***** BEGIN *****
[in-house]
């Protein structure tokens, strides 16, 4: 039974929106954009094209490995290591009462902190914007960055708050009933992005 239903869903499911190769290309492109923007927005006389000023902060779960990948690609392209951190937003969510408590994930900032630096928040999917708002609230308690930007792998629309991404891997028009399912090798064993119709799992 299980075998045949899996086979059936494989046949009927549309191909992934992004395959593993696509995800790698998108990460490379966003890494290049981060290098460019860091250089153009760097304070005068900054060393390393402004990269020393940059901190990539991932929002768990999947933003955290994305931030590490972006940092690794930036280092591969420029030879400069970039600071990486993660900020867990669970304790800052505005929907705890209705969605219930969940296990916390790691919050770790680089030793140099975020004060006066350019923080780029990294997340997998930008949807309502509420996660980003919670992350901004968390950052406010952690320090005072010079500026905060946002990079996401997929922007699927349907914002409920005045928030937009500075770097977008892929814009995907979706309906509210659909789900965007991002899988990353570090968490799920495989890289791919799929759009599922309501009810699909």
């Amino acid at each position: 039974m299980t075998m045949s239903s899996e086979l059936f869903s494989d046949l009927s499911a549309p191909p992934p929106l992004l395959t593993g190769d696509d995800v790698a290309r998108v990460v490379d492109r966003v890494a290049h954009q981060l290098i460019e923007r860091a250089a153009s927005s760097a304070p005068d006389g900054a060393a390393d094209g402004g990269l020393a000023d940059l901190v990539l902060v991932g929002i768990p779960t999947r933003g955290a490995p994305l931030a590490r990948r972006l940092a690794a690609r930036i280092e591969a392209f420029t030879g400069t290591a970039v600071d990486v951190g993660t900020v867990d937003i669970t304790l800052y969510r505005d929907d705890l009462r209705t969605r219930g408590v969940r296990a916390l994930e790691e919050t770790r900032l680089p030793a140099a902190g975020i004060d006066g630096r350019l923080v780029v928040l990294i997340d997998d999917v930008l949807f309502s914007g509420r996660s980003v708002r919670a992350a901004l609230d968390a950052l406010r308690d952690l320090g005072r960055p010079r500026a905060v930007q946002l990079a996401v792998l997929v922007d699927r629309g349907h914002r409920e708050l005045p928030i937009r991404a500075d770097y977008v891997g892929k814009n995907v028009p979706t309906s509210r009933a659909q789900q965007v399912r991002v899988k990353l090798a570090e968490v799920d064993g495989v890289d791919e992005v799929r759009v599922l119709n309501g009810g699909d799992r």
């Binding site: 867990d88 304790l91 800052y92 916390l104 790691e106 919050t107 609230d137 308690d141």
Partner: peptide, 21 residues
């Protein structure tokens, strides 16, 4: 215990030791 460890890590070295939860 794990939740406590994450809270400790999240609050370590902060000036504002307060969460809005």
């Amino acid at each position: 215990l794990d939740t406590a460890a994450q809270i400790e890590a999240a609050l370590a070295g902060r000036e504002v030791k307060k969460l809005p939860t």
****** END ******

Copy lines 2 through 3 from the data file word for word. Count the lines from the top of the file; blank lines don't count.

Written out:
């Protein structure tokens, strides 16, 4: 039974929106954009094209490995290591009462902190914007960055708050009933992005 239903869903499911190769290309492109923007927005006389000023902060779960990948690609392209951190937003969510408590994930900032630096928040999917708002609230308690930007792998629309991404891997028009399912090798064993119709799992 299980075998045949899996086979059936494989046949009927549309191909992934992004395959593993696509995800790698998108990460490379966003890494290049981060290098460019860091250089153009760097304070005068900054060393390393402004990269020393940059901190990539991932929002768990999947933003955290994305931030590490972006940092690794930036280092591969420029030879400069970039600071990486993660900020867990669970304790800052505005929907705890209705969605219930969940296990916390790691919050770790680089030793140099975020004060006066350019923080780029990294997340997998930008949807309502509420996660980003919670992350901004968390950052406010952690320090005072010079500026905060946002990079996401997929922007699927349907914002409920005045928030937009500075770097977008892929814009995907979706309906509210659909789900965007991002899988990353570090968490799920495989890289791919799929759009599922309501009810699909």
């Amino acid at each position: 039974m299980t075998m045949s239903s899996e086979l059936f869903s494989d046949l009927s499911a549309p191909p992934p929106l992004l395959t593993g190769d696509d995800v790698a290309r998108v990460v490379d492109r966003v890494a290049h954009q981060l290098i460019e923007r860091a250089a153009s927005s760097a304070p005068d006389g900054a060393a390393d094209g402004g990269l020393a000023d940059l901190v990539l902060v991932g929002i768990p779960t999947r933003g955290a490995p994305l931030a590490r990948r972006l940092a690794a690609r930036i280092e591969a392209f420029t030879g400069t290591a970039v600071d990486v951190g993660t900020v867990d937003i669970t304790l800052y969510r505005d929907d705890l009462r209705t969605r219930g408590v969940r296990a916390l994930e790691e919050t770790r900032l680089p030793a140099a902190g975020i004060d006066g630096r350019l923080v780029v928040l990294i997340d997998d999917v930008l949807f309502s914007g509420r996660s980003v708002r919670a992350a901004l609230d968390a950052l406010r308690d952690l320090g005072r960055p010079r500026a905060v930007q946002l990079a996401v792998l997929v922007d699927r629309g349907h914002r409920e708050l005045p928030i937009r991404a500075d770097y977008v891997g892929k814009n995907v028009p979706t309906s509210r009933a659909q789900q965007v399912r991002v899988k990353l090798a570090e968490v799920d064993g495989v890289d791919e992005v799929r759009v599922l119709n309501g009810g699909d799992r």